The "Face on Mars" is one of the great
modern mysteries about Mars. The "Face" first came to
our attention 22 years ago, and debate about what it is has raged
ever since. Let's hop in the Wayback Machine and return to 1976.
The Viking spacecraft reached Mars in July of 1976.
It had two missions. One was to send a lander down to inspect
the surface of Mars. The other was to orbit the red planet, within
a 1,000 miles of the surface, and take thousands of pictures to
help to determine the best landing site for the Viking 2 spacecraft
due to reach Mars in a few weeks.
On July 26, 1976, during Viking 1's thirty-fifth
orbit of Mars, a set of photographic images arived at the Jet
Propulsion Laboratory in Pasadena, California. One of the photographic
frames, taken in the northern desert Cydonia region, showed a
mile long, 1,500 mesa that looked like a humanoid face.
NASA has attempted to downplay this image from the
start. After showing the JPL press corp a slide of this remarkable
image, Viking project scientist Gerald Soffen attempted to explain
it away by saying that a picture transmitted a few hours later,
of the same region, revealed that the image in the first photo
"...was just a trick, just the way the light fell on it."
SEEING IS/ISN'T BELIEVING:
When it comes to the Face on Mars, people tend to
believe one of two things. That the "Face" is:
A. A striking pattern of light and shadow cast by
hills in the area.
B. A sculpture carved by sentient (intelligent)
According to author Robert C. Kiviat , "NASA's
planetary scientists have maintained over the years that the face
is a natural rock formation produced by wind erosion and that
the particular lighting angle at which it was photographed created
its resemblance to a human face."
A key member in the opposing camp is lead by Richard
Hoagland, a former member of the JPL press corps, and the author
of "The Monuments of Mars." Hoagland has led a long
investigation into the Vking data. He and his team have analyzed
different photographic frames, taken at different angles, weeks
apart. He claims that he and his researchers have considerable
evidence that the "face", as well as some nearby pyramid-shaped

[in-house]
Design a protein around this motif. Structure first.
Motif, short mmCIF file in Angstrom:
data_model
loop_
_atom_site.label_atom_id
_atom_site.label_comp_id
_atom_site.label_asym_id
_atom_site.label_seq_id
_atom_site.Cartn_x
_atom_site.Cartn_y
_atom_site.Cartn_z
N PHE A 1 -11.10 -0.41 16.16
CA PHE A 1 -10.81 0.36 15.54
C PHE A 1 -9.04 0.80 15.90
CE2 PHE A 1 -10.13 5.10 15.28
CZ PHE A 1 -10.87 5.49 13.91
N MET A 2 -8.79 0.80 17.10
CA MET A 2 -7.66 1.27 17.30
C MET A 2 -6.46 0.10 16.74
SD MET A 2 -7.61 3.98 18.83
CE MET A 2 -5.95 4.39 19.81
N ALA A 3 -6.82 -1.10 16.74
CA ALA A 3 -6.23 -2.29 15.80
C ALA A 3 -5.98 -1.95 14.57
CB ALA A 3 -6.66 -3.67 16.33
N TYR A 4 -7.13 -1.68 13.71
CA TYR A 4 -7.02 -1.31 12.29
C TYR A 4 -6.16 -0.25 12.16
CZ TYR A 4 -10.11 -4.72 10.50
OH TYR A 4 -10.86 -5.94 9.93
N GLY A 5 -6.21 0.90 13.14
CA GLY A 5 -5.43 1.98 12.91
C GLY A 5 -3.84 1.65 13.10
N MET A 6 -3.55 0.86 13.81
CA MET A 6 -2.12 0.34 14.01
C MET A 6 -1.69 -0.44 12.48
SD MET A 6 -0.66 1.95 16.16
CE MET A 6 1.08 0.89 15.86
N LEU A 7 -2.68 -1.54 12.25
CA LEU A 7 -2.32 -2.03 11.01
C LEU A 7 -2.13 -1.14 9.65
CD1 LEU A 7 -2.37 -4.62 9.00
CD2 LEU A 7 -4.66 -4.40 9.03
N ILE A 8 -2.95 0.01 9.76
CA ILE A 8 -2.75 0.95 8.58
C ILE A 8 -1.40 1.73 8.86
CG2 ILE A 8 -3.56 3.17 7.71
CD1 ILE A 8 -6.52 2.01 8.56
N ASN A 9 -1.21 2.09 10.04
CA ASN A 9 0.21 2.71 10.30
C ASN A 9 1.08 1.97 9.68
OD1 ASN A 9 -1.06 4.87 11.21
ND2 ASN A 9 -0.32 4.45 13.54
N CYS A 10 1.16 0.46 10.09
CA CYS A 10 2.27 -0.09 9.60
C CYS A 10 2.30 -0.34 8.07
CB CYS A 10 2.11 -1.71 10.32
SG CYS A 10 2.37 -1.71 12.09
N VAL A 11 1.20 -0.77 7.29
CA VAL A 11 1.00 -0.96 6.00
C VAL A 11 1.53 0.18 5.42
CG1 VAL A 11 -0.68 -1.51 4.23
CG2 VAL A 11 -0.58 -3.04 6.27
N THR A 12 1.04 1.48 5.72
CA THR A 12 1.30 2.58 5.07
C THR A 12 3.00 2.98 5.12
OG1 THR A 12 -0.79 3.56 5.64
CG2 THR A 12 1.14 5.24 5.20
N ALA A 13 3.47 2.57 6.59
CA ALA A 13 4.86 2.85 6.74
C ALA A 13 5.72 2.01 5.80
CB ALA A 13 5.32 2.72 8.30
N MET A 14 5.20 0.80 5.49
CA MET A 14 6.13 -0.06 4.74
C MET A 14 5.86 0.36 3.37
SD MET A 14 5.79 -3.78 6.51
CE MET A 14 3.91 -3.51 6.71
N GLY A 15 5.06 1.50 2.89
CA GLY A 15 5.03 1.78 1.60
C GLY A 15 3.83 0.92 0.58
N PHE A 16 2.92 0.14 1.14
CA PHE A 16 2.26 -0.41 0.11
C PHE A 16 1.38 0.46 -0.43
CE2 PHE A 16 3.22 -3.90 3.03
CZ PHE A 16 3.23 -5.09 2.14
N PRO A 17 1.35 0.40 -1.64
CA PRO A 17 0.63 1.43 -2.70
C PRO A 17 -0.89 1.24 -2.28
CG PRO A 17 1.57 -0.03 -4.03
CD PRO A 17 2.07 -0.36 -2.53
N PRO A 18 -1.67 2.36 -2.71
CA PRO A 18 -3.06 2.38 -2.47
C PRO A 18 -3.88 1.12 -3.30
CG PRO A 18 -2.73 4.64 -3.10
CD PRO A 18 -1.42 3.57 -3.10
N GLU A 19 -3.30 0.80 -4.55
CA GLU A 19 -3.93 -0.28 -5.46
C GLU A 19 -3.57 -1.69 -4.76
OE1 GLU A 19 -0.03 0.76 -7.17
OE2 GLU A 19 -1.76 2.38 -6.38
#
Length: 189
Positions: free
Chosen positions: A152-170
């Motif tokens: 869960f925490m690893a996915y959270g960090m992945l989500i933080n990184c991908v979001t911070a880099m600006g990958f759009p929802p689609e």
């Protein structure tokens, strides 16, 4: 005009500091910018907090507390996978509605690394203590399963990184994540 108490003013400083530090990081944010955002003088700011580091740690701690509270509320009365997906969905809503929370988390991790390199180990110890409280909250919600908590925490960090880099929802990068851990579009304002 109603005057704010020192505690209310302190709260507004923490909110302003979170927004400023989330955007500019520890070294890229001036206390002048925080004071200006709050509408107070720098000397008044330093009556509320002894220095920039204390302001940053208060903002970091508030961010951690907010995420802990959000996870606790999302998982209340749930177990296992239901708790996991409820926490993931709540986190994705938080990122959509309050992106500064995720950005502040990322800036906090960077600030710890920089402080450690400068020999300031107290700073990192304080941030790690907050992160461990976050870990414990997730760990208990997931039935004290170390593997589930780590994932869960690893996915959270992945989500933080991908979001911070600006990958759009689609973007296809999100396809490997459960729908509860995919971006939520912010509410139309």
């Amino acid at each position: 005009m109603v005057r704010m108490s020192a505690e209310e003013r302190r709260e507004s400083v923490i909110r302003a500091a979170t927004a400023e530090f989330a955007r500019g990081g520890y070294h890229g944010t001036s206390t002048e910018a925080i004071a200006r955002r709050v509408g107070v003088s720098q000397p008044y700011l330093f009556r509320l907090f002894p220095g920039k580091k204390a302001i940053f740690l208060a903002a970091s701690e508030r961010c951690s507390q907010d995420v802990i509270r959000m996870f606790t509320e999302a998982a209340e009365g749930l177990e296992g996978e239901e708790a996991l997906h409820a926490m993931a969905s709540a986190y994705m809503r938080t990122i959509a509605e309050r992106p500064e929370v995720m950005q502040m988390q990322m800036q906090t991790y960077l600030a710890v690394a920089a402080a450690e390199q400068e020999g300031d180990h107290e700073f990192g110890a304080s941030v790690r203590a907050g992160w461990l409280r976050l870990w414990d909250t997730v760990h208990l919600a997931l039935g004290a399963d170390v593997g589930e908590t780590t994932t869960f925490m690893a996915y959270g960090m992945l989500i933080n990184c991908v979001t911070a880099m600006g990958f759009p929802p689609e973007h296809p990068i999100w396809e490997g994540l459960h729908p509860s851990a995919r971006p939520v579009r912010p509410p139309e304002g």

objects and other "artifacts," are the work of sentient
Hoagland first became involved with the Martian face
in 1981. He attended a science conference where Vincent DiPietro
and Gregory Molennar made a presentation. As Hoagland puts it,
"These two computer-imaging experts had obtained data tapes
of the face and had enhanced it. Their photographs showed some
remarkable, stunning detail that was not at all evident on the
Hoagland came to agree with Molennar and DiPietro's
contention that the faceappeared bilaterally symmetrical. According
to Hoagland, he saw that the face "...had features which
were humanoid, and it seemed above chance that it also had the
right proportion." It was at this point that Hoagland began
to consider that the face might have been constructed by intelligent
beings. By 1983, Hoagland came to be convinced of the face's intelligent
origin, leading to his fifteen year quest to "prove"
the face on Mars is proof of intelligent life on Mars, as well
as to try to get NASA to a send a photographic mission to Mars
with the primary purpose to get new, better shots of the Martian
Some people in the science community disagree with
the conclusions of Hoagland and his people. According to Michael
Carr, the head of the original Viking orbiter imaging team, "Not
one person of scientific credibility believes this." As to
the existence of Martian pyramids, in close proximity to the face,
Carr states that he is not aware of a "single Viking image
that has pyramids on it."
While Carr DOES agree that some JPL staff members
DID notice the Cydonia mesa's resemblance to a face when that
photgraphic image was originally received, he claims that it was
published by the lab "only for laughs."
THE TWO FACES OF NASA:
NASA has claimed for years that the "face"
on Mars is not a face and doesn't offer proof of intelligent life
on Mars. Recently however, following new Mars pictures taken of
the Cydonia mesa, NASA claimed that these pictures, which apparently
show no face, are "proof" finally that the Martian face
never existed. If NASA never believed the mesa was a face, why
would they make such a big deal of "proving" the non-existence
of something they never believed in the first place. That's like
a guy buying land that supposedly has no oil beneath it, then
digging a dry hole to "prove" there's no oil. Why bother?
We find it ironic that NASA, who tried really hard
to get the world to believe ancient bacteria on a meteorite came
from Mars (which is looking more unlikely by the minute), would
put so much energy into the notion that intelligent life couldn't/didn't
exist on Mars. We thought NASA's mission was to explore space,
reporting back to U.S. citizens, WHO PAY FOR ALL THIS THROUGH
THEIR TAXES, whatever they find. Wouldn't finding proof of some
ancient, Martian civilization be the greatest NASA accomplishment
since sending men to the moon. You would think so.
Based on the "proof" currently available,
we believe it is difficiult to prove or disprove that the face
on Mars is a genuine alien artifact. Until NASA sends a rover
or manned team to the Cydonia region where the" face"
is, the existence of an alien created face on Mars will remain
We believe the American people are interested enough
in the answer to this cosmic question to pay the bill. If intelligent,
alien life once existed on Mars, the American people, as well
as the world at large, deserves to know.
If NASA is ever to live up to the "Star Trek"
credo, continuing to travel, "...where no man has gone before,"
a manned mission to the Cydonia desert region is a good place
to start. NASA, make it so!